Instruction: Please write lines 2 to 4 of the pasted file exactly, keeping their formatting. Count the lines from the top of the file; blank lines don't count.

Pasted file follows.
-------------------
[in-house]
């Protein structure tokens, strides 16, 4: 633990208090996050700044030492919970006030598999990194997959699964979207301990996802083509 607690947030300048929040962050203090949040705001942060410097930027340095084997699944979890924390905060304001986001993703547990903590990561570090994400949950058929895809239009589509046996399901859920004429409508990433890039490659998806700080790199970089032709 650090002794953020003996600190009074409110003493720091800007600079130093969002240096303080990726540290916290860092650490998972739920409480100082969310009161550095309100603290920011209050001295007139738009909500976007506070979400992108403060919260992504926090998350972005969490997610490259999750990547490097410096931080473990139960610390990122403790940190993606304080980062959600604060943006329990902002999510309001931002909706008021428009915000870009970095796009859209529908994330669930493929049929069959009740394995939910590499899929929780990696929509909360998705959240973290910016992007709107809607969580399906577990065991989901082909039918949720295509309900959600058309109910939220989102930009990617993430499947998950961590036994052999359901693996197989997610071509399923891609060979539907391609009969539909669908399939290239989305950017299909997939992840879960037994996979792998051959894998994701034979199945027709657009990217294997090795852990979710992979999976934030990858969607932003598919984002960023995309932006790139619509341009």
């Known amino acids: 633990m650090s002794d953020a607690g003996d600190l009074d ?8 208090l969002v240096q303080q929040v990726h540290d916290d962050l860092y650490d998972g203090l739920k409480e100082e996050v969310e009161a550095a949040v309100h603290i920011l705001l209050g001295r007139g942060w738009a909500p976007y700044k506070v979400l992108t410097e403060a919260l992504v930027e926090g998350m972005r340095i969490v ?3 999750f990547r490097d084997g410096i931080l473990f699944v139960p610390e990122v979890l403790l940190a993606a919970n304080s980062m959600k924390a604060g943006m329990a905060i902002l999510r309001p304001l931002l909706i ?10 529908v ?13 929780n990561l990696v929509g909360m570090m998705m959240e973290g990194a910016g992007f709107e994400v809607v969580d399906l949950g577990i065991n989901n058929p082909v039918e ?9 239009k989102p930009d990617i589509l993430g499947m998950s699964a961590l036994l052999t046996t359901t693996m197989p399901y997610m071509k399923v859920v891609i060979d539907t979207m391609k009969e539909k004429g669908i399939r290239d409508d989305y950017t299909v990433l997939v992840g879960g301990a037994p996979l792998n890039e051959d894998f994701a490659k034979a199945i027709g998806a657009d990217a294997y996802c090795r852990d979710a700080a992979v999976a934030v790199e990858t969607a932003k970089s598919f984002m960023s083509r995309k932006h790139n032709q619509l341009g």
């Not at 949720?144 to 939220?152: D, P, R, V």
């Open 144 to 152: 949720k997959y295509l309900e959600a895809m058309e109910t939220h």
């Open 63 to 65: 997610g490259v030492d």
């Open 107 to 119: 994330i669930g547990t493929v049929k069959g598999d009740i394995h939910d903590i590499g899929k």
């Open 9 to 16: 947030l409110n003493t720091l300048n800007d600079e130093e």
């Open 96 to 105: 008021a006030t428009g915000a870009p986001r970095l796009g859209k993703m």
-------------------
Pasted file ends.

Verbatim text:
């Protein structure tokens, strides 16, 4: 633990208090996050700044030492919970006030598999990194997959699964979207301990996802083509 607690947030300048929040962050203090949040705001942060410097930027340095084997699944979890924390905060304001986001993703547990903590990561570090994400949950058929895809239009589509046996399901859920004429409508990433890039490659998806700080790199970089032709 650090002794953020003996600190009074409110003493720091800007600079130093969002240096303080990726540290916290860092650490998972739920409480100082969310009161550095309100603290920011209050001295007139738009909500976007506070979400992108403060919260992504926090998350972005969490997610490259999750990547490097410096931080473990139960610390990122403790940190993606304080980062959600604060943006329990902002999510309001931002909706008021428009915000870009970095796009859209529908994330669930493929049929069959009740394995939910590499899929929780990696929509909360998705959240973290910016992007709107809607969580399906577990065991989901082909039918949720295509309900959600058309109910939220989102930009990617993430499947998950961590036994052999359901693996197989997610071509399923891609060979539907391609009969539909669908399939290239989305950017299909997939992840879960037994996979792998051959894998994701034979199945027709657009990217294997090795852990979710992979999976934030990858969607932003598919984002960023995309932006790139619509341009």
């Known amino acids: 633990m650090s002794d953020a607690g003996d600190l009074d ?8 208090l969002v240096q303080q929040v990726h540290d916290d962050l860092y650490d998972g203090l739920k409480e100082e996050v969310e009161a550095a949040v309100h603290i920011l705001l209050g001295r007139g942060w738009a909500p976007y700044k506070v979400l992108t410097e403060a919260l992504v930027e926090g998350m972005r340095i969490v ?3 999750f990547r490097d084997g410096i931080l473990f699944v139960p610390e990122v979890l403790l940190a993606a919970n304080s980062m959600k924390a604060g943006m329990a905060i902002l999510r309001p304001l931002l909706i ?10 529908v ?13 929780n990561l990696v929509g909360m570090m998705m959240e973290g990194a910016g992007f709107e994400v809607v969580d399906l949950g577990i065991n989901n058929p082909v039918e ?9 239009k989102p930009d990617i589509l993430g499947m998950s699964a961590l036994l052999t046996t359901t693996m197989p399901y997610m071509k399923v859920v891609i060979d539907t979207m391609k009969e539909k004429g669908i399939r290239d409508d989305y950017t299909v990433l997939v992840g879960g301990a037994p996979l792998n890039e051959d894998f994701a490659k034979a199945i027709g998806a657009d990217a294997y996802c090795r852990d979710a700080a992979v999976a934030v790199e990858t969607a932003k970089s598919f984002m960023s083509r995309k932006h790139n032709q619509l341009g």
């Not at 949720?144 to 939220?152: D, P, R, V």